Scott Dixon went around Michael Andretti, took the Verizon IndyCar series points lead and gave notice Saturday night that the championship is going to go through him.
Starting seventh, Dixon protected his tires, saved fuel and dominated the second half of the DXC Technology 600 at Texas Motor Speedway. The 37-year-old veteran took the lead on Lap 130 and never gave it up, going on to register the 43rd win of his career, and passing Andretti on the all-time list.
Dixon finished 4.0s ahead of Simon Pagenaud and Alexander Rossi to take a 23-point lead heading to Road America in two weeks.
“The car was great, our strategy was perfect and we didn’t have any tire issues,” said the four-time IndyCar champion, referring to the fact Team Penske suffered some major blistering problems during the race after qualifying 1-2-3. “It’s not very often you get a runaway win in this series.”
The guy who hadn’t led a lap in 2018 until his victory in the opener at Detroit the previous weekend bided his time early, went extra-long on his first fuel stop and then just picked his rivals off.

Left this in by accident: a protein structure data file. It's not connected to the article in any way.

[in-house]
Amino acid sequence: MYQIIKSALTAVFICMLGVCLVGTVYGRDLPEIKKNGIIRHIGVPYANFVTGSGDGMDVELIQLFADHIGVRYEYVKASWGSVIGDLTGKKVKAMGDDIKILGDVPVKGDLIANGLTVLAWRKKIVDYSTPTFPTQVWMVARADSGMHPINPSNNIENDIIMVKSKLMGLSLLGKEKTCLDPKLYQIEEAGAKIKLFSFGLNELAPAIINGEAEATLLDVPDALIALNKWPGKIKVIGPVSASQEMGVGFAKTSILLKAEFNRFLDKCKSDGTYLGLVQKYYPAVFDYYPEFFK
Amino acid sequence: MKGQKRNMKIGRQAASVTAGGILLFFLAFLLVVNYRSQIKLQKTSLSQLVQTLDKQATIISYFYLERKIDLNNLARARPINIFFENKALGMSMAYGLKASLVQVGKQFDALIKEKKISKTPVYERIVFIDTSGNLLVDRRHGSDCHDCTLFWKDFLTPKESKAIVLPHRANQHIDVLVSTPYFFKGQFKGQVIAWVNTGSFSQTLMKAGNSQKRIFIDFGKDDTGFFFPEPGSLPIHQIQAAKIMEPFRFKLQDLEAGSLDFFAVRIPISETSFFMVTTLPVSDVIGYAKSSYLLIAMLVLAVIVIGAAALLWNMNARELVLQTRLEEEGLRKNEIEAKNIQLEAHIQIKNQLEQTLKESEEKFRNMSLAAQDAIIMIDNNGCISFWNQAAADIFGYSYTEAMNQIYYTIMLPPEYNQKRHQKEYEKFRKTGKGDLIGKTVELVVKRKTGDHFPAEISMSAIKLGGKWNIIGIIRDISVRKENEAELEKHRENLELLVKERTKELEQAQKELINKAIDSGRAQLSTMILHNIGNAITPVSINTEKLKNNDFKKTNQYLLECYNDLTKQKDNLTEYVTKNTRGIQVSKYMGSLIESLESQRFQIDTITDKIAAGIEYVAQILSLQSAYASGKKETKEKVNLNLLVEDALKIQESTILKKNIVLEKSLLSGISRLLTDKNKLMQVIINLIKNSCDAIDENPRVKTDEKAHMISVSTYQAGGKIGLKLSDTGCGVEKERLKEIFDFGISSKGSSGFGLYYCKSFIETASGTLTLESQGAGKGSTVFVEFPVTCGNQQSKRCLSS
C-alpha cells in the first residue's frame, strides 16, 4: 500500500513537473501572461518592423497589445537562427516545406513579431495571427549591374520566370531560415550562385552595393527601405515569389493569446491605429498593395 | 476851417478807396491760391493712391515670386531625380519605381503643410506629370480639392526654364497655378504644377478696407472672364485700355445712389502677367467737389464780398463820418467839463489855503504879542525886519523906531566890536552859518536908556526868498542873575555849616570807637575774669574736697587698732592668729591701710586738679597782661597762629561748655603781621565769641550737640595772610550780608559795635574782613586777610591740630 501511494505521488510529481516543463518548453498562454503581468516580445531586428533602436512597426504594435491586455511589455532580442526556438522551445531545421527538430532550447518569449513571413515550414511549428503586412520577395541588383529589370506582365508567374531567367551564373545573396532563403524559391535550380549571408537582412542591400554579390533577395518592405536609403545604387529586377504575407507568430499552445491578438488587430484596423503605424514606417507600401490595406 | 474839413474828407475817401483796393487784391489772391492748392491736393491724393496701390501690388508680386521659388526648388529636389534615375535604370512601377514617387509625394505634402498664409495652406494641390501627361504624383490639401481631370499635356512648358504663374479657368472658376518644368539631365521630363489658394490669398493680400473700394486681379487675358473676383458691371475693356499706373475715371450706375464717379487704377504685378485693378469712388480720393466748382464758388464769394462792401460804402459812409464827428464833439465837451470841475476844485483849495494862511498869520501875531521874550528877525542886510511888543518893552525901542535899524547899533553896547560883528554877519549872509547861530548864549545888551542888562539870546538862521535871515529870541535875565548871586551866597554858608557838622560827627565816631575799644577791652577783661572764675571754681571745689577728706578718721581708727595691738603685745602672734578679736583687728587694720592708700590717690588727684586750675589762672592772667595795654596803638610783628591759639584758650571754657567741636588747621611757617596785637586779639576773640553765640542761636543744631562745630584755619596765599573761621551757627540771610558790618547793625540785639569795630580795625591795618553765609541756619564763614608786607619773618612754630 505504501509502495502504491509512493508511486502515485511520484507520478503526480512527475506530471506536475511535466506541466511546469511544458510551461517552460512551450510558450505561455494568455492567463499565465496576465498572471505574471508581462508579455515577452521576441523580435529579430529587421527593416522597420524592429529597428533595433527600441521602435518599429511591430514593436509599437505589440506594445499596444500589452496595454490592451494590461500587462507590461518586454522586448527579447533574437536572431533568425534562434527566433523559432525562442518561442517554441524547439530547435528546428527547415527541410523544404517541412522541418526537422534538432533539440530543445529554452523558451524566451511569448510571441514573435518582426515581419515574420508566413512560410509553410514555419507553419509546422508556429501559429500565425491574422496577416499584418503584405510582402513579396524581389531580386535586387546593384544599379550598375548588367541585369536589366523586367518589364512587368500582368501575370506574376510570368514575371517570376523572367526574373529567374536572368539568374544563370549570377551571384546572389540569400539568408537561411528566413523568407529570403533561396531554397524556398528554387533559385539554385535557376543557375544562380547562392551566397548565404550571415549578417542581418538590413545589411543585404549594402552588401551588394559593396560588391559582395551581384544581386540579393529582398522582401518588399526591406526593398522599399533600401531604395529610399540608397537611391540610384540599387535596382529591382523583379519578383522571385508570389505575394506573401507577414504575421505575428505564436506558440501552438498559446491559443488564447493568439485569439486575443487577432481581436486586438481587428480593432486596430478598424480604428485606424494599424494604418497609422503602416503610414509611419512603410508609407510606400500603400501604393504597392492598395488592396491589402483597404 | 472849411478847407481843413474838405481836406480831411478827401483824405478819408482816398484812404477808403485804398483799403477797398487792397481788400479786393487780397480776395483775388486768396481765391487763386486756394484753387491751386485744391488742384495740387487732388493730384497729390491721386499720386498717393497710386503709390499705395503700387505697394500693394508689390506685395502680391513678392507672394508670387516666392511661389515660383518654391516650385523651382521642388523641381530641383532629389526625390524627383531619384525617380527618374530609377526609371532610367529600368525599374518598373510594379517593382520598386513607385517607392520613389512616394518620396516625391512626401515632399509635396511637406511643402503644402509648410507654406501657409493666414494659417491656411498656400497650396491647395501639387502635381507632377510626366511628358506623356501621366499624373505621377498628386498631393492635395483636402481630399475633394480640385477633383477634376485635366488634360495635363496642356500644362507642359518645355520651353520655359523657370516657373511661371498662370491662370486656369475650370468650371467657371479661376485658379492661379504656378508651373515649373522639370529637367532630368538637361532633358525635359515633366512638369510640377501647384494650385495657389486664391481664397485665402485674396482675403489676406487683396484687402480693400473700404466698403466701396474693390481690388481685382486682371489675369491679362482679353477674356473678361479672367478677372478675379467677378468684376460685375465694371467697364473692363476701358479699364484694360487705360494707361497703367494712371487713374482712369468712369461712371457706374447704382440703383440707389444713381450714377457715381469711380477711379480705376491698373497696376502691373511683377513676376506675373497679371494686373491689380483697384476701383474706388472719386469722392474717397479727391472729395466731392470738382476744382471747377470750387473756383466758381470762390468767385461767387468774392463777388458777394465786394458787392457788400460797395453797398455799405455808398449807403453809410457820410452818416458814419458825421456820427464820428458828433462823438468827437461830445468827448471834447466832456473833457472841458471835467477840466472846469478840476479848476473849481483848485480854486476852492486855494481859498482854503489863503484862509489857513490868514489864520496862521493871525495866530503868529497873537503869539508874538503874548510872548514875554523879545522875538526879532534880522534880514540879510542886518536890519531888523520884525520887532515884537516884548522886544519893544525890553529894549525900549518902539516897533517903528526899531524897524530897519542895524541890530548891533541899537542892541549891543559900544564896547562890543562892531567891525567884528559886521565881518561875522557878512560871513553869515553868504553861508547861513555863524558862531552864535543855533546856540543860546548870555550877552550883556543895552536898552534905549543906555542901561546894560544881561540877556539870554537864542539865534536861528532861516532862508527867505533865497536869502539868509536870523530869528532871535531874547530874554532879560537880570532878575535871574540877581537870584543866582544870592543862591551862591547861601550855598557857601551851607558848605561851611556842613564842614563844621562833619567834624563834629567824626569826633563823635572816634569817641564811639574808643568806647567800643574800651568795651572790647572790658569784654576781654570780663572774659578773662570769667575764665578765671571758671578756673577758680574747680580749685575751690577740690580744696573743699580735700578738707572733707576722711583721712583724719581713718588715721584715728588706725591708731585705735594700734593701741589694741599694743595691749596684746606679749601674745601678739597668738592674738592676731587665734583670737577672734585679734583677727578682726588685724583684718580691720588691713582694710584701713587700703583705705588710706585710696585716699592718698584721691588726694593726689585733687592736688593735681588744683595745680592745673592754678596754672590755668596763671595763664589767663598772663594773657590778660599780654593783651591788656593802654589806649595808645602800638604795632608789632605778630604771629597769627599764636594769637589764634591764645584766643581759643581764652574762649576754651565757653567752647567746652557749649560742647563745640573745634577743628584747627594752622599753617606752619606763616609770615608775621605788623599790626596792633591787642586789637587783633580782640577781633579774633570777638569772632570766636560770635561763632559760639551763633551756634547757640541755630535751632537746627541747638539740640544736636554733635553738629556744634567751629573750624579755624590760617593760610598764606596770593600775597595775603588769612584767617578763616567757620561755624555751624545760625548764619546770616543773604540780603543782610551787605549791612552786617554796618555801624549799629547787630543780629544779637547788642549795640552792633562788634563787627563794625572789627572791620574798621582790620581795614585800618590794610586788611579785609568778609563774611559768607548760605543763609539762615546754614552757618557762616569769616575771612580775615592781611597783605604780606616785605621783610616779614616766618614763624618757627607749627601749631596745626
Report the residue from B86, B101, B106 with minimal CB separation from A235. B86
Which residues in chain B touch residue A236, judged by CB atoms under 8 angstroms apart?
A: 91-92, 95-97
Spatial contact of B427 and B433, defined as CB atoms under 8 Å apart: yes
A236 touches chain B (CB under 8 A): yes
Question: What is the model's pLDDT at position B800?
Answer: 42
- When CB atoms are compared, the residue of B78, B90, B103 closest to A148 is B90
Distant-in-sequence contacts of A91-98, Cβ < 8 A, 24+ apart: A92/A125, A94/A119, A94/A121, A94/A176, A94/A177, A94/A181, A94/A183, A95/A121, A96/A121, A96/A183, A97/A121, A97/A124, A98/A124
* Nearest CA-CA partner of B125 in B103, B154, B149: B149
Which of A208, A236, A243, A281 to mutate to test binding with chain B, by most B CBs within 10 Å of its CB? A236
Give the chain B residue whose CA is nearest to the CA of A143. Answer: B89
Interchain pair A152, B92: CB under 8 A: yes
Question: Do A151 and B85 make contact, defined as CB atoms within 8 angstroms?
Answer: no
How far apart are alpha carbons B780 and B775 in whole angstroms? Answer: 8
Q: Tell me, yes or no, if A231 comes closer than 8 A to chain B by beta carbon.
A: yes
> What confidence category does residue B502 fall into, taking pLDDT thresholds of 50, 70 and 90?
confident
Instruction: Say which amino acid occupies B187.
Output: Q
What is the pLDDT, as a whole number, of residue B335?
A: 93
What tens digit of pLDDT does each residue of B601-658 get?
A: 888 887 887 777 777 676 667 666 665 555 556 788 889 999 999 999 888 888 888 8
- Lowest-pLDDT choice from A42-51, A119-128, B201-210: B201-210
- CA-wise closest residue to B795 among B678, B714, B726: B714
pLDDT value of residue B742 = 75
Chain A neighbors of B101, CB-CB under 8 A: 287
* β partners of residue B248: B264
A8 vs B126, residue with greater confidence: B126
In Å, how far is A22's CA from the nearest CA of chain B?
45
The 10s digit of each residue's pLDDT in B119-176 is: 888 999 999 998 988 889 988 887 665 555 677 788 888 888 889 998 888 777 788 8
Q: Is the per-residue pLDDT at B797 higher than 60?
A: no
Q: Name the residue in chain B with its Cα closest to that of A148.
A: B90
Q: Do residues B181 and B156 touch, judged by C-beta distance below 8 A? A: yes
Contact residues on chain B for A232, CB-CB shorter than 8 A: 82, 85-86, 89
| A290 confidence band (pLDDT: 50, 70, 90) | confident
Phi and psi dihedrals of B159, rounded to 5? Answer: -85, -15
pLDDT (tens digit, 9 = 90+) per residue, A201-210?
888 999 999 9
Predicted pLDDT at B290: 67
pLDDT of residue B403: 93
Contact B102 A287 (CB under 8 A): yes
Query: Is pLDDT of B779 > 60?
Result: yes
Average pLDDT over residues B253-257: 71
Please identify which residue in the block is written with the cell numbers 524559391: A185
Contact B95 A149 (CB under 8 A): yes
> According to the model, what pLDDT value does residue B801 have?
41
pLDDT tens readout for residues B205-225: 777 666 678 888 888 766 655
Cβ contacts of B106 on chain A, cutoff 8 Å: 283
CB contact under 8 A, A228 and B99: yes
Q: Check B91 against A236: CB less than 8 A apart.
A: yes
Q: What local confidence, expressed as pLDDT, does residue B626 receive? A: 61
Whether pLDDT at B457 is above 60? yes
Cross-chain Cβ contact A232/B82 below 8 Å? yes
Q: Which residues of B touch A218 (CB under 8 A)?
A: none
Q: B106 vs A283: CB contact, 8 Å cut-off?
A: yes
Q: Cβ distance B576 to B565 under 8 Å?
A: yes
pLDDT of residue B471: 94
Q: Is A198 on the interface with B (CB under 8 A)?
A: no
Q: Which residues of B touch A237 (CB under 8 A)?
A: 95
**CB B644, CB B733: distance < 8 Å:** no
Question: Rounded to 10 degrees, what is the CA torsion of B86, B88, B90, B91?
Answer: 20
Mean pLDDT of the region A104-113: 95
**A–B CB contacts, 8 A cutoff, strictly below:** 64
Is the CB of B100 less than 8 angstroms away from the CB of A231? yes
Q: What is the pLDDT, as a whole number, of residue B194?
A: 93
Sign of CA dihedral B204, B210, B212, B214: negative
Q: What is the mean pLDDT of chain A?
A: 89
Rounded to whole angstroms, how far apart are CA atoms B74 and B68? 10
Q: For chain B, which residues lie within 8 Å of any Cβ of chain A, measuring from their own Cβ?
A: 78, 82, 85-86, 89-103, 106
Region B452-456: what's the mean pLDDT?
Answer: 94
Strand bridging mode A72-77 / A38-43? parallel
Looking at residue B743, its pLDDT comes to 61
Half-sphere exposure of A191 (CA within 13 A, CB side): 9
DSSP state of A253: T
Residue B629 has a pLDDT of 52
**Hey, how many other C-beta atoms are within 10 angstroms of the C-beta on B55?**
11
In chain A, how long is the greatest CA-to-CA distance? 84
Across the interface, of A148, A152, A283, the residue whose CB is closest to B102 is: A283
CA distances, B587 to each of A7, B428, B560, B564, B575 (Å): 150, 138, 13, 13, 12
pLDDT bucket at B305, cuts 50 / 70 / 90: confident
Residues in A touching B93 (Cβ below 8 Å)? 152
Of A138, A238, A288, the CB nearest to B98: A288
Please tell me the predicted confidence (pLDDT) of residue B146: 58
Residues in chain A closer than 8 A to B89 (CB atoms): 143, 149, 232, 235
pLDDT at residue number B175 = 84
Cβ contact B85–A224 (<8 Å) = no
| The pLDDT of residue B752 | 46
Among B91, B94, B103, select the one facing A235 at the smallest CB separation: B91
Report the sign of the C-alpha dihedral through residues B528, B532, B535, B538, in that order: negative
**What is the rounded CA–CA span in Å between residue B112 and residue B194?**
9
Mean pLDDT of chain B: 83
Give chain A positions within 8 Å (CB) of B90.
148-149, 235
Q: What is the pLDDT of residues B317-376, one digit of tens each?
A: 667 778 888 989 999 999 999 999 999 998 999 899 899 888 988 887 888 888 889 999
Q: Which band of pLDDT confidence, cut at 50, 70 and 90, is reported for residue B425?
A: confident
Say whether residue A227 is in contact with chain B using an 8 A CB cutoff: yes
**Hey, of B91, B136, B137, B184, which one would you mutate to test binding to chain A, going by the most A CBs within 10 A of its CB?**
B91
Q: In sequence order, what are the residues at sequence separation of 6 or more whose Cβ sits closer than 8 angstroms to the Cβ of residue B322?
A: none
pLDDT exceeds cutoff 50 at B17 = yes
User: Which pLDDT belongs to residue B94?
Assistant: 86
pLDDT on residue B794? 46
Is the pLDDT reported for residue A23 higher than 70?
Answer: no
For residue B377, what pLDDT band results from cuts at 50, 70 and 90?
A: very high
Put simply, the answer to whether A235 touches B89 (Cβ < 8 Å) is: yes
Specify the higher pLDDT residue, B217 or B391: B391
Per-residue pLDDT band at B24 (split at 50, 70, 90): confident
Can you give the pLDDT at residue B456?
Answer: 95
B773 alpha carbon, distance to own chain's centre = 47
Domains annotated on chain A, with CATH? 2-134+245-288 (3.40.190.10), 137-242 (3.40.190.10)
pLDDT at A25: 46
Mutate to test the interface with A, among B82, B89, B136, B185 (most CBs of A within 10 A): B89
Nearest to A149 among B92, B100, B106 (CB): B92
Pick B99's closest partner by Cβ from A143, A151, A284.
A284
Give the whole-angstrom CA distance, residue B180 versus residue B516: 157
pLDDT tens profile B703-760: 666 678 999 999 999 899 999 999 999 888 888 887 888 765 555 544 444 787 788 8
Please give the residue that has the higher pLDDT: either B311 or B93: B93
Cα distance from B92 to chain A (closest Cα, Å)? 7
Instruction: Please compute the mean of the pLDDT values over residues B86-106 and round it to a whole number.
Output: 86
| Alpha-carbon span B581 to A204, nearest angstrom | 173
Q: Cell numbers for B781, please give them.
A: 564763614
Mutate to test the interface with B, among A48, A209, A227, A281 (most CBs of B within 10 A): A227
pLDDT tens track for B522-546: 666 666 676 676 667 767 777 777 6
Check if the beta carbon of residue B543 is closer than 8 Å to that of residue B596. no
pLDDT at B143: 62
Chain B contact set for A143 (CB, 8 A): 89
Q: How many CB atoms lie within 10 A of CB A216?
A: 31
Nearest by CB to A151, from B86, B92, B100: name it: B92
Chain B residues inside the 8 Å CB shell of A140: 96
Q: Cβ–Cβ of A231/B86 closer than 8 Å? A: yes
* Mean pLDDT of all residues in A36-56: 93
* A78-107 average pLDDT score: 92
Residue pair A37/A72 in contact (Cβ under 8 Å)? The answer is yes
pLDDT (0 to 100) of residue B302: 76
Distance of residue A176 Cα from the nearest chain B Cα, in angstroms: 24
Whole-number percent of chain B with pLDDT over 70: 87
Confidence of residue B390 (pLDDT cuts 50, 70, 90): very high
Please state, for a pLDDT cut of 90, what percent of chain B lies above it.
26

“I played it cool at the start and I was kind of surprised we were able to go so long on that first stint,”said Dixon, a master at saving fuel. “The track has changed through the years and so has the racing, but I love coming here.”
It was a good night for Pagenaud, who rebounded from some recent struggles to move to eighth in points.
“We need it, and I had a good car all night – just not quite as good as Scott,” said the 2016 IndyCar champion.
Rossi started eighth in his Andretti Autosport Honda and was again the most exciting driver of the day as he passed high and low but just couldn’t quite get Pagenaud.
“I had a big moment in Turn 1 and I tried to get by him (Pagenaud), but I figured after last week it was a good idea to bring it home,” said Rossi, referring to his faux pas at Detroit when he locked up the brakes while leading.
James Hinchcliffe also had a nice recovery after missing Indy and having a tough weekend at Detroit. He ran fourth in his Schmidt Peterson Motorsport Honda, holding off Ryan Hunter-Reay. Elsewhere, Graham Rahal continued his back-to-front act and charged from 20th to sixth.
There were accidents; Ed Carpenter taking the blame for crashing rookie Robert Wickens on Lap 173. Wickens, as impressive as any rookie since Juan Pablo Montoya, led 31 laps but finished 19th. Indy 500 winner Will Power started third but never led a lap before tangling with rookie Claman De Melo Zachary on Lap 205. Power dropped to third in points, 13 behind Rossi.